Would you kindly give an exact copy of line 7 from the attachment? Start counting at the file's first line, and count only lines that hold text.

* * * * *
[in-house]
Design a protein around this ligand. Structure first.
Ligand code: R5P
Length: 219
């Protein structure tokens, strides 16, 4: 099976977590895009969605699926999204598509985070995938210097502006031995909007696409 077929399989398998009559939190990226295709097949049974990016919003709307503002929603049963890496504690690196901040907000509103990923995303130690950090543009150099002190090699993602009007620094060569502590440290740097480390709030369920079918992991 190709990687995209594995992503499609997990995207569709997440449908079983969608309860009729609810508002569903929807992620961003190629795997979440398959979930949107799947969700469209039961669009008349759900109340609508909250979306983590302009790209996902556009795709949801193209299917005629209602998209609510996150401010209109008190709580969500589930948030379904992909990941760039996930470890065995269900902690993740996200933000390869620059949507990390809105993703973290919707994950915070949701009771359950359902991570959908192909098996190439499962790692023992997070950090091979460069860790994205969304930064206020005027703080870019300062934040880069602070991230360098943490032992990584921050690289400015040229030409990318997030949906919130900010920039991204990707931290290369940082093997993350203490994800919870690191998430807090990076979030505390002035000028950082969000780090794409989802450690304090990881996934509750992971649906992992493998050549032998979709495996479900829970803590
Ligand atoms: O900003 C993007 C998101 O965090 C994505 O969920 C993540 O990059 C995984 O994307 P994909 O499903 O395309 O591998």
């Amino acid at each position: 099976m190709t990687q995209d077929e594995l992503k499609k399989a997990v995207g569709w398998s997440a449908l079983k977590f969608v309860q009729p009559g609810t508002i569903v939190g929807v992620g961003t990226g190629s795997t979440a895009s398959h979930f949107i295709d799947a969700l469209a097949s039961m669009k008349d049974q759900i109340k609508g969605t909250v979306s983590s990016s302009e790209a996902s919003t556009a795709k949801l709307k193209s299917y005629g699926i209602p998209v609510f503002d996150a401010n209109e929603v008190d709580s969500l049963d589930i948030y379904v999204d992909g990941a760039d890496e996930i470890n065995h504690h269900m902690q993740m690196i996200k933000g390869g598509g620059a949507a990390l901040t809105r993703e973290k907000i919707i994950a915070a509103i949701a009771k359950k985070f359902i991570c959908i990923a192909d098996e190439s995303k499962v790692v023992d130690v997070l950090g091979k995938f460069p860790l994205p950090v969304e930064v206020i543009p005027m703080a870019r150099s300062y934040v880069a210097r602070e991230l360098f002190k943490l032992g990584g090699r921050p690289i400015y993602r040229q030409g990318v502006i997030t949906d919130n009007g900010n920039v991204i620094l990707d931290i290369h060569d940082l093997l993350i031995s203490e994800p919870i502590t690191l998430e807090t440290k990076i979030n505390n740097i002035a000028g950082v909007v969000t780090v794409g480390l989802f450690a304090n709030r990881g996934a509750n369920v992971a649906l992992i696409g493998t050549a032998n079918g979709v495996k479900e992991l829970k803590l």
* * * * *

């Amino acid at each position: 099976m190709t990687q995209d077929e594995l992503k499609k399989a997990v995207g569709w398998s997440a449908l079983k977590f969608v309860q009729p009559g609810t508002i569903v939190g929807v992620g961003t990226g190629s795997t979440a895009s398959h979930f949107i295709d799947a969700l469209a097949s039961m669009k008349d049974q759900i109340k609508g969605t909250v979306s983590s990016s302009e790209a996902s919003t556009a795709k949801l709307k193209s299917y005629g699926i209602p998209v609510f503002d996150a401010n209109e929603v008190d709580s969500l049963d589930i948030y379904v999204d992909g990941a760039d890496e996930i470890n065995h504690h269900m902690q993740m690196i996200k933000g390869g598509g620059a949507a990390l901040t809105r993703e973290k907000i919707i994950a915070a509103i949701a009771k359950k985070f359902i991570c959908i990923a192909d098996e190439s995303k499962v790692v023992d130690v997070l950090g091979k995938f460069p860790l994205p950090v969304e930064v206020i543009p005027m703080a870019r150099s300062y934040v880069a210097r602070e991230l360098f002190k943490l032992g990584g090699r921050p690289i400015y993602r040229q030409g990318v502006i997030t949906d919130n009007g900010n920039v991204i620094l990707d931290i290369h060569d940082l093997l993350i031995s203490e994800p919870i502590t690191l998430e807090t440290k990076i979030n505390n740097i002035a000028g950082v909007v969000t780090v794409g480390l989802f450690a304090n709030r990881g996934a509750n369920v992971a649906l992992i696409g493998t050549a032998n079918g979709v495996k479900e992991l829970k803590l």